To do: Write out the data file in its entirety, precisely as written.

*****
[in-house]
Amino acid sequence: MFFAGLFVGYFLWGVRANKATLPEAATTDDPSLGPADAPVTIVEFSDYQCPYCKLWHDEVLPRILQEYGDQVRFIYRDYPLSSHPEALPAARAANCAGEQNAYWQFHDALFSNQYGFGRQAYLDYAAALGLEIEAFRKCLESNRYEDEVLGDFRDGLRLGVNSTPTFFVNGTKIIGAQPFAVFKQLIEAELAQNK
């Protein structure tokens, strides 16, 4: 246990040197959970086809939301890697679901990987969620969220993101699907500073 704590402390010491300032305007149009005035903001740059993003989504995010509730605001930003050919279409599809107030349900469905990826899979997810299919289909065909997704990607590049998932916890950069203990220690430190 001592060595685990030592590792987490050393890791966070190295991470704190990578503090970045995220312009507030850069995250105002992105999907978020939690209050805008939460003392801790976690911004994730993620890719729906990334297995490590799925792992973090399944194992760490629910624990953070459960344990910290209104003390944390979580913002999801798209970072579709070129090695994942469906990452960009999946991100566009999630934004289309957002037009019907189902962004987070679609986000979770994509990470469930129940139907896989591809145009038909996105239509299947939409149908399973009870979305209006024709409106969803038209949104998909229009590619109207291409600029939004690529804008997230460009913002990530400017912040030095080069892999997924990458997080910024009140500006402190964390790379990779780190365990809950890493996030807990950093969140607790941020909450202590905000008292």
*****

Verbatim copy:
[in-house]
Amino acid sequence: MFFAGLFVGYFLWGVRANKATLPEAATTDDPSLGPADAPVTIVEFSDYQCPYCKLWHDEVLPRILQEYGDQVRFIYRDYPLSSHPEALPAARAANCAGEQNAYWQFHDALFSNQYGFGRQAYLDYAAALGLEIEAFRKCLESNRYEDEVLGDFRDGLRLGVNSTPTFFVNGTKIIGAQPFAVFKQLIEAELAQNK
């Protein structure tokens, strides 16, 4: 246990040197959970086809939301890697679901990987969620969220993101699907500073 704590402390010491300032305007149009005035903001740059993003989504995010509730605001930003050919279409599809107030349900469905990826899979997810299919289909065909997704990607590049998932916890950069203990220690430190 001592060595685990030592590792987490050393890791966070190295991470704190990578503090970045995220312009507030850069995250105002992105999907978020939690209050805008939460003392801790976690911004994730993620890719729906990334297995490590799925792992973090399944194992760490629910624990953070459960344990910290209104003390944390979580913002999801798209970072579709070129090695994942469906990452960009999946991100566009999630934004289309957002037009019907189902962004987070679609986000979770994509990470469930129940139907896989591809145009038909996105239509299947939409149908399973009870979305209006024709409106969803038209949104998909229009590619109207291409600029939004690529804008997230460009913002990530400017912040030095080069892999997924990458997080910024009140500006402190964390790379990779780190365990809950890493996030807990950093969140607790941020909450202590905000008292």